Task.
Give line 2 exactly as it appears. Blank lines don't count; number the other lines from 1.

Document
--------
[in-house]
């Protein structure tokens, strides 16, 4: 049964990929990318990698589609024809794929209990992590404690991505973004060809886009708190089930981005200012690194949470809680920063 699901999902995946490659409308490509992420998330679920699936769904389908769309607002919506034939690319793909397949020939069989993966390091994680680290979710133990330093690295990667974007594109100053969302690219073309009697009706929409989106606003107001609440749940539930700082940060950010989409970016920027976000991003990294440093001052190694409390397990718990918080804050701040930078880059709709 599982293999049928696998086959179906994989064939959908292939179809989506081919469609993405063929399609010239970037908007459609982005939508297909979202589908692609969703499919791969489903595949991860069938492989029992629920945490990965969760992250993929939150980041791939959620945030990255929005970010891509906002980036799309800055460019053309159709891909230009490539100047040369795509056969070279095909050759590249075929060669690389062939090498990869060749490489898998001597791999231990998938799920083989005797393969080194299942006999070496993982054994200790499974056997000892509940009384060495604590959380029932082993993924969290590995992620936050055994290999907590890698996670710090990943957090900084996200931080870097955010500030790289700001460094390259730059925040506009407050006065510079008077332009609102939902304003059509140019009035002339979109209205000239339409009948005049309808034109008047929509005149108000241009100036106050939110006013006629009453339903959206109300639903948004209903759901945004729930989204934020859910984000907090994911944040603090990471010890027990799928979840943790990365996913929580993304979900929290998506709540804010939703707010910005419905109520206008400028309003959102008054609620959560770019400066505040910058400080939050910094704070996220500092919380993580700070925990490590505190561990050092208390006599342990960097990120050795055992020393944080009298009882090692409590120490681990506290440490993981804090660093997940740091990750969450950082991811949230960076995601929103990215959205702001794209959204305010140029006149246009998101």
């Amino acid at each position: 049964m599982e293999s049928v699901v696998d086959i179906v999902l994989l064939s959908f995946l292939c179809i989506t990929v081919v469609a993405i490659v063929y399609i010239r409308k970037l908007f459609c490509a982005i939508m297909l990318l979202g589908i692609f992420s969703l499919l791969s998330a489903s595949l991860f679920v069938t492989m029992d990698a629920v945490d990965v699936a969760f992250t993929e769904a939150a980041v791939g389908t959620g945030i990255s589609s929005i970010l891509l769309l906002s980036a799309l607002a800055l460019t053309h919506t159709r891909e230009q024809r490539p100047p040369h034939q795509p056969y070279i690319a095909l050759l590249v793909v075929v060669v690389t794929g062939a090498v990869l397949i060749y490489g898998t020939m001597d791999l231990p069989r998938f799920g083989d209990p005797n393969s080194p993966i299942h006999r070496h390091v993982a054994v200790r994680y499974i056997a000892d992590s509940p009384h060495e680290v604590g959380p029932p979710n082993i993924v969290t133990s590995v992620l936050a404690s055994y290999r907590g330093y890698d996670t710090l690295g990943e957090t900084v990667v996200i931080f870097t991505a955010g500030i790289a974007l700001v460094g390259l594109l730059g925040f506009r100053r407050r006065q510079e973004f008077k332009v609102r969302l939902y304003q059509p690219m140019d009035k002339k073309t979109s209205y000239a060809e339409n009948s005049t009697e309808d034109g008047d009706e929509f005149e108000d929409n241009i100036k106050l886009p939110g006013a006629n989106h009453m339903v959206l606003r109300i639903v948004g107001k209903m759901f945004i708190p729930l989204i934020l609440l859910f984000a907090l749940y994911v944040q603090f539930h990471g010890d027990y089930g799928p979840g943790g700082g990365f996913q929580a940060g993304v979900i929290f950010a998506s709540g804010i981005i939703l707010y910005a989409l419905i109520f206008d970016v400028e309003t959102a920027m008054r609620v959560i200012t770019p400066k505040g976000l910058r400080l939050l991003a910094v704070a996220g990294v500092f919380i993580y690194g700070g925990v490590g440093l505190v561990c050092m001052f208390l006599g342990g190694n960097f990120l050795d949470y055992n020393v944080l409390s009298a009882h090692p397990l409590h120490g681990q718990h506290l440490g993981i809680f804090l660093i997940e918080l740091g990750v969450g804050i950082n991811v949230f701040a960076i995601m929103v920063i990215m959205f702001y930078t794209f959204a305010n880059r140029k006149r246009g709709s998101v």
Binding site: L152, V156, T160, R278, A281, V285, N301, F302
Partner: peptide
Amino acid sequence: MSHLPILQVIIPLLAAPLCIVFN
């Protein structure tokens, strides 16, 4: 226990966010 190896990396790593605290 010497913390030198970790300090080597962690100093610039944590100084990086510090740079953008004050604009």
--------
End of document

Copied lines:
């Protein structure tokens, strides 16, 4: 049964990929990318990698589609024809794929209990992590404690991505973004060809886009708190089930981005200012690194949470809680920063 699901999902995946490659409308490509992420998330679920699936769904389908769309607002919506034939690319793909397949020939069989993966390091994680680290979710133990330093690295990667974007594109100053969302690219073309009697009706929409989106606003107001609440749940539930700082940060950010989409970016920027976000991003990294440093001052190694409390397990718990918080804050701040930078880059709709 599982293999049928696998086959179906994989064939959908292939179809989506081919469609993405063929399609010239970037908007459609982005939508297909979202589908692609969703499919791969489903595949991860069938492989029992629920945490990965969760992250993929939150980041791939959620945030990255929005970010891509906002980036799309800055460019053309159709891909230009490539100047040369795509056969070279095909050759590249075929060669690389062939090498990869060749490489898998001597791999231990998938799920083989005797393969080194299942006999070496993982054994200790499974056997000892509940009384060495604590959380029932082993993924969290590995992620936050055994290999907590890698996670710090990943957090900084996200931080870097955010500030790289700001460094390259730059925040506009407050006065510079008077332009609102939902304003059509140019009035002339979109209205000239339409009948005049309808034109008047929509005149108000241009100036106050939110006013006629009453339903959206109300639903948004209903759901945004729930989204934020859910984000907090994911944040603090990471010890027990799928979840943790990365996913929580993304979900929290998506709540804010939703707010910005419905109520206008400028309003959102008054609620959560770019400066505040910058400080939050910094704070996220500092919380993580700070925990490590505190561990050092208390006599342990960097990120050795055992020393944080009298009882090692409590120490681990506290440490993981804090660093997940740091990750969450950082991811949230960076995601929103990215959205702001794209959204305010140029006149246009998101």